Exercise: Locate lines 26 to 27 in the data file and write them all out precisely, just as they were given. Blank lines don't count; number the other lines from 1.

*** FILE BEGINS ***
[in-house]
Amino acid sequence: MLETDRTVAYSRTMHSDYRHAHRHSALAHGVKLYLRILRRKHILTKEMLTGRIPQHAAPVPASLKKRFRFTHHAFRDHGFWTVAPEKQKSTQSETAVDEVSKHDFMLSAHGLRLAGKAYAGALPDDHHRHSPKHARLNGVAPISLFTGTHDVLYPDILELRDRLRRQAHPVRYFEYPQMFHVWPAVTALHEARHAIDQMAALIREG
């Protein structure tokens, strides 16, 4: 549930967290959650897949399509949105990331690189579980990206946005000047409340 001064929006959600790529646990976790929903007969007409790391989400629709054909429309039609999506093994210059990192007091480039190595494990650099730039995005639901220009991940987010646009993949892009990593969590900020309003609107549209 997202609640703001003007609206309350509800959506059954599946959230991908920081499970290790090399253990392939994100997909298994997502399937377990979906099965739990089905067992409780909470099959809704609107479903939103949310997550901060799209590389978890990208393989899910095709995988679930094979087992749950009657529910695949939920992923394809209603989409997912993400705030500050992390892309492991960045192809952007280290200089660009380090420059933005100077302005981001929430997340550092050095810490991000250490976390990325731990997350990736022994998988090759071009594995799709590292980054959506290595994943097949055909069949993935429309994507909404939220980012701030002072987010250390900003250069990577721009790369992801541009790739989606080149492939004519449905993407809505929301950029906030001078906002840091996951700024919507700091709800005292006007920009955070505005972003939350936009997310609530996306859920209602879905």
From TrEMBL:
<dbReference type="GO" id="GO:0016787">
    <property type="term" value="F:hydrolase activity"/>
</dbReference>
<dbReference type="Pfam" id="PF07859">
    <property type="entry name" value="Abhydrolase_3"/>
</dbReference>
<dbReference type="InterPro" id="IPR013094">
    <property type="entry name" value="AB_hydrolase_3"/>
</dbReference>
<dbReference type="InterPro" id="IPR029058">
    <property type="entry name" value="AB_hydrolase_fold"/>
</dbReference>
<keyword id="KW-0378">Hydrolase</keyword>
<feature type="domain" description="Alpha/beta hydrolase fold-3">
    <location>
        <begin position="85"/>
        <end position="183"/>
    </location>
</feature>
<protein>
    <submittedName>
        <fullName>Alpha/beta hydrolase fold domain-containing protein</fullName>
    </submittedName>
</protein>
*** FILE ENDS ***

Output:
        <fullName>Alpha/beta hydrolase fold domain-containing protein</fullName>
    </submittedName>